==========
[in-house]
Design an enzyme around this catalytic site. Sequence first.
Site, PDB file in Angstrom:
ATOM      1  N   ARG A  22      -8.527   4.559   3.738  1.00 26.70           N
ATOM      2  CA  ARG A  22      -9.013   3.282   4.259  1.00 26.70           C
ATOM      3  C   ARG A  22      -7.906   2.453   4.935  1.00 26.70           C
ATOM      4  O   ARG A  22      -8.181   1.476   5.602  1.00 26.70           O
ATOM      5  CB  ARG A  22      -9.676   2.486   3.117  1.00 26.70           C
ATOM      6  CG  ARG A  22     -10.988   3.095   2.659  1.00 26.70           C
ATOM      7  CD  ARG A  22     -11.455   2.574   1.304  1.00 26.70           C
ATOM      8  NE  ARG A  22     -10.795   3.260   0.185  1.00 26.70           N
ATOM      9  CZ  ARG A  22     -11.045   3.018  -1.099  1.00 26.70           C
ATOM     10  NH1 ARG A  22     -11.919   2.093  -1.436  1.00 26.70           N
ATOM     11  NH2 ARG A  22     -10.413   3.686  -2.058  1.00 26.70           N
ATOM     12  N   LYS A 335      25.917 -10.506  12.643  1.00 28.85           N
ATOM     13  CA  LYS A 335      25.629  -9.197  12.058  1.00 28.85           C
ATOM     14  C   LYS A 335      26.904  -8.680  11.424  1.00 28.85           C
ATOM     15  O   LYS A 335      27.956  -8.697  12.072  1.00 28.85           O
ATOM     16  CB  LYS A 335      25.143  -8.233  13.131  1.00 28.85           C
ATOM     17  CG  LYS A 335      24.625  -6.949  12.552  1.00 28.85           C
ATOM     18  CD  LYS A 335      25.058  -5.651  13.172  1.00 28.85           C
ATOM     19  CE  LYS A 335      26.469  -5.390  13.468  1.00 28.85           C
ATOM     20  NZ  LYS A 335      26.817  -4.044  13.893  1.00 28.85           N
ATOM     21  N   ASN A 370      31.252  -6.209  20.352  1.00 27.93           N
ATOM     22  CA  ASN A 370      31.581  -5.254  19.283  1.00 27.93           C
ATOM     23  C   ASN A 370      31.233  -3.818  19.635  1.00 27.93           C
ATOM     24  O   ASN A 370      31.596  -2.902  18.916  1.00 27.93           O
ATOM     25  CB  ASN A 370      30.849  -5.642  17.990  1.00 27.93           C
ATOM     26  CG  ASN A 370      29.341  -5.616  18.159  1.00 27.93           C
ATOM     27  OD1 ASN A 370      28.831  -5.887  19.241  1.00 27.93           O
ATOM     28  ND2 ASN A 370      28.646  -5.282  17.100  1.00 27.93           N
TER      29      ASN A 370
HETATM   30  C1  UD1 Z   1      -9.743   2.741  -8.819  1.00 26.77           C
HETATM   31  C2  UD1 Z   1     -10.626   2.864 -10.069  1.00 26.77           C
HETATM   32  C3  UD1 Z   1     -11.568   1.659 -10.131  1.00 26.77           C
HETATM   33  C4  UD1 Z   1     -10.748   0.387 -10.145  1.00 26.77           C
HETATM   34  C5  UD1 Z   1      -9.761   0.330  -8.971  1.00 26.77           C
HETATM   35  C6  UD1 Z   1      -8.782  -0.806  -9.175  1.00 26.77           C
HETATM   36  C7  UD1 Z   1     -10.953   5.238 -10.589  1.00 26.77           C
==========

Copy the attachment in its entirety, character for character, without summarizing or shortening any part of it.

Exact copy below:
[in-house]
Design an enzyme around this catalytic site. Sequence first.
Site, PDB file in Angstrom:
ATOM      1  N   ARG A  22      -8.527   4.559   3.738  1.00 26.70           N
ATOM      2  CA  ARG A  22      -9.013   3.282   4.259  1.00 26.70           C
ATOM      3  C   ARG A  22      -7.906   2.453   4.935  1.00 26.70           C
ATOM      4  O   ARG A  22      -8.181   1.476   5.602  1.00 26.70           O
ATOM      5  CB  ARG A  22      -9.676   2.486   3.117  1.00 26.70           C
ATOM      6  CG  ARG A  22     -10.988   3.095   2.659  1.00 26.70           C
ATOM      7  CD  ARG A  22     -11.455   2.574   1.304  1.00 26.70           C
ATOM      8  NE  ARG A  22     -10.795   3.260   0.185  1.00 26.70           N
ATOM      9  CZ  ARG A  22     -11.045   3.018  -1.099  1.00 26.70           C
ATOM     10  NH1 ARG A  22     -11.919   2.093  -1.436  1.00 26.70           N
ATOM     11  NH2 ARG A  22     -10.413   3.686  -2.058  1.00 26.70           N
ATOM     12  N   LYS A 335      25.917 -10.506  12.643  1.00 28.85           N
ATOM     13  CA  LYS A 335      25.629  -9.197  12.058  1.00 28.85           C
ATOM     14  C   LYS A 335      26.904  -8.680  11.424  1.00 28.85           C
ATOM     15  O   LYS A 335      27.956  -8.697  12.072  1.00 28.85           O
ATOM     16  CB  LYS A 335      25.143  -8.233  13.131  1.00 28.85           C
ATOM     17  CG  LYS A 335      24.625  -6.949  12.552  1.00 28.85           C
ATOM     18  CD  LYS A 335      25.058  -5.651  13.172  1.00 28.85           C
ATOM     19  CE  LYS A 335      26.469  -5.390  13.468  1.00 28.85           C
ATOM     20  NZ  LYS A 335      26.817  -4.044  13.893  1.00 28.85           N
ATOM     21  N   ASN A 370      31.252  -6.209  20.352  1.00 27.93           N
ATOM     22  CA  ASN A 370      31.581  -5.254  19.283  1.00 27.93           C
ATOM     23  C   ASN A 370      31.233  -3.818  19.635  1.00 27.93           C
ATOM     24  O   ASN A 370      31.596  -2.902  18.916  1.00 27.93           O
ATOM     25  CB  ASN A 370      30.849  -5.642  17.990  1.00 27.93           C
ATOM     26  CG  ASN A 370      29.341  -5.616  18.159  1.00 27.93           C
ATOM     27  OD1 ASN A 370      28.831  -5.887  19.241  1.00 27.93           O
ATOM     28  ND2 ASN A 370      28.646  -5.282  17.100  1.00 27.93           N
TER      29      ASN A 370
HETATM   30  C1  UD1 Z   1      -9.743   2.741  -8.819  1.00 26.77           C
HETATM   31  C2  UD1 Z   1     -10.626   2.864 -10.069  1.00 26.77           C
HETATM   32  C3  UD1 Z   1     -11.568   1.659 -10.131  1.00 26.77           C
HETATM   33  C4  UD1 Z   1     -10.748   0.387 -10.145  1.00 26.77           C
HETATM   34  C5  UD1 Z   1      -9.761   0.330  -8.971  1.00 26.77           C
HETATM   35  C6  UD1 Z   1      -8.782  -0.806  -9.175  1.00 26.77           C
HETATM   36  C7  UD1 Z   1     -10.953   5.238 -10.589  1.00 26.77           C